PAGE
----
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The Religious Support Scale: Construction, Validation, and Cross-Validation

Abstract

Cutrona and Russell's social support model was used to develop a religious support measure (C. E. Cutrona & D. W. Russell, 1987), including 3 distinct but related subscales respectively measuring support from God, the congregation, and church leadership. Factor analyses with the main sample's data (249 Protestants) and cross-validation (93 additional Protestants) supported the scales' reliability and validity. All 3 types of religious support were related to lower depression and greater life satisfaction. Moreover, several relationships between the 3 subscales and psychological functioning variables remained significant after controlling for variance because of church attendance and social support. Results suggest that religious attendance does not automatically imply religious support, and that religious support can provide unique resources for religious persons, above and beyond those furnished by social support. Findings are discussed regarding relevance to community psychology.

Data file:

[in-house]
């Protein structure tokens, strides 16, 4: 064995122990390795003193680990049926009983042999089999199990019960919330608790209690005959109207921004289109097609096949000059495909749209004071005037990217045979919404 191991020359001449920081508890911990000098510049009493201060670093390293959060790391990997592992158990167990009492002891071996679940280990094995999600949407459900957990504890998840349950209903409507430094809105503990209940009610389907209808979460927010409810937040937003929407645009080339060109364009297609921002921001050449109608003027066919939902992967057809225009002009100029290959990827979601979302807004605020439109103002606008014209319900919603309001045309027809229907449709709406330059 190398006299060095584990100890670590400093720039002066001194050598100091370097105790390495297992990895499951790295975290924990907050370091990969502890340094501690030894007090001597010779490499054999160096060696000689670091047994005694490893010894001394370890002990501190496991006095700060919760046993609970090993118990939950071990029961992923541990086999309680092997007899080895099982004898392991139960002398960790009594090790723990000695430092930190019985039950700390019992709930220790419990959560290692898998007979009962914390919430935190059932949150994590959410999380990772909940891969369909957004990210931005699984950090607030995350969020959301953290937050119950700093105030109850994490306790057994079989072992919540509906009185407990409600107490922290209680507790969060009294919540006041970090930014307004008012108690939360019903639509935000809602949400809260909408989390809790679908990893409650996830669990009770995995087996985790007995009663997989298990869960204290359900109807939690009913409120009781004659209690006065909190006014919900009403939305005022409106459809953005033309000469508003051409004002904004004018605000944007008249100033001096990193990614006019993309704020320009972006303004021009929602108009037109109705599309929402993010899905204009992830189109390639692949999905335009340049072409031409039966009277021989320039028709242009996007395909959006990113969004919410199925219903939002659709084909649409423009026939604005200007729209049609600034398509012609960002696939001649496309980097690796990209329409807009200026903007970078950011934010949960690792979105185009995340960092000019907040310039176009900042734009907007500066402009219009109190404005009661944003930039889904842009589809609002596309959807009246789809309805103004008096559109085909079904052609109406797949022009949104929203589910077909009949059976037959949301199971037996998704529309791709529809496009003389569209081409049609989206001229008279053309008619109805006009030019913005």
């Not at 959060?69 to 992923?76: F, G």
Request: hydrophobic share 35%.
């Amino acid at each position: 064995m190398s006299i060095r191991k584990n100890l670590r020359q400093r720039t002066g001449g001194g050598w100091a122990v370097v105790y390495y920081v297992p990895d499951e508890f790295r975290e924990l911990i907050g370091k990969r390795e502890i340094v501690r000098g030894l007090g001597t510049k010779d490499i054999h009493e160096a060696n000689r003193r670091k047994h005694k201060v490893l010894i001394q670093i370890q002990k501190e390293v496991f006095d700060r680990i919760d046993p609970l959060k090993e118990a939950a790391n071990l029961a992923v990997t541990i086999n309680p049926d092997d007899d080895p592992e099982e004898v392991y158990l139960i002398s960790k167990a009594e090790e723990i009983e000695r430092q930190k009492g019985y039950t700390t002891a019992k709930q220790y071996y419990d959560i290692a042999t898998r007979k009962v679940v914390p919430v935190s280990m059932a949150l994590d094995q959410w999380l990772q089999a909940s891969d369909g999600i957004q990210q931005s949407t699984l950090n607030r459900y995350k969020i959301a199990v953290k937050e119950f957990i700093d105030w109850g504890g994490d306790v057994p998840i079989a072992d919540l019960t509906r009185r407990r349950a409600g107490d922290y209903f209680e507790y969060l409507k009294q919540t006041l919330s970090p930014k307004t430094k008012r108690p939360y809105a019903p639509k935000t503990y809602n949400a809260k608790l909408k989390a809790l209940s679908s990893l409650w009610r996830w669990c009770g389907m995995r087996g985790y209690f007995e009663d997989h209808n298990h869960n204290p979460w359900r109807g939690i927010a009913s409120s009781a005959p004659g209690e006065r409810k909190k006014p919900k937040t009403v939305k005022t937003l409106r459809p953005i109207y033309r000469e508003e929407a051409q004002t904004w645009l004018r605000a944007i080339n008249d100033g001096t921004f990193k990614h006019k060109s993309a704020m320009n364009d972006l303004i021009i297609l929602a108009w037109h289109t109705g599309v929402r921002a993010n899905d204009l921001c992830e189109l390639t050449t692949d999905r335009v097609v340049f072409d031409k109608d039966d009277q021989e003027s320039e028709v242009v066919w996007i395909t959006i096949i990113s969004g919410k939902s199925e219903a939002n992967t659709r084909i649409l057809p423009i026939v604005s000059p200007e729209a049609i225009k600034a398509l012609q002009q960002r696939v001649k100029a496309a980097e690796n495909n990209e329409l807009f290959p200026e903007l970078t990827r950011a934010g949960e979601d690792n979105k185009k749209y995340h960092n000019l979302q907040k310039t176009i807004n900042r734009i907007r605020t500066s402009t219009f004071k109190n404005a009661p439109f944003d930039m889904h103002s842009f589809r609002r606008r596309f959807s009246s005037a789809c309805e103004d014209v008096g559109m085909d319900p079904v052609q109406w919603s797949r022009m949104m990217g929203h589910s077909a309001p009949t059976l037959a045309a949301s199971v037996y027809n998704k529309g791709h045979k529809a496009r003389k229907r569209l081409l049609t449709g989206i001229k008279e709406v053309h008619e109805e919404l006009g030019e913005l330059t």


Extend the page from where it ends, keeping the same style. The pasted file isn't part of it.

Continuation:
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Fiala, W.E., Bjorck, J.P. & Gorsuch, R. The Religious Support Scale: Construction, Validation, and Cross-Validation. Am J Community Psychol 30, 761–786 (2002). https://doi.org/10.1023/A:1020264718397

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  • psychometric
  • religion
  • stress
  • support
  • validity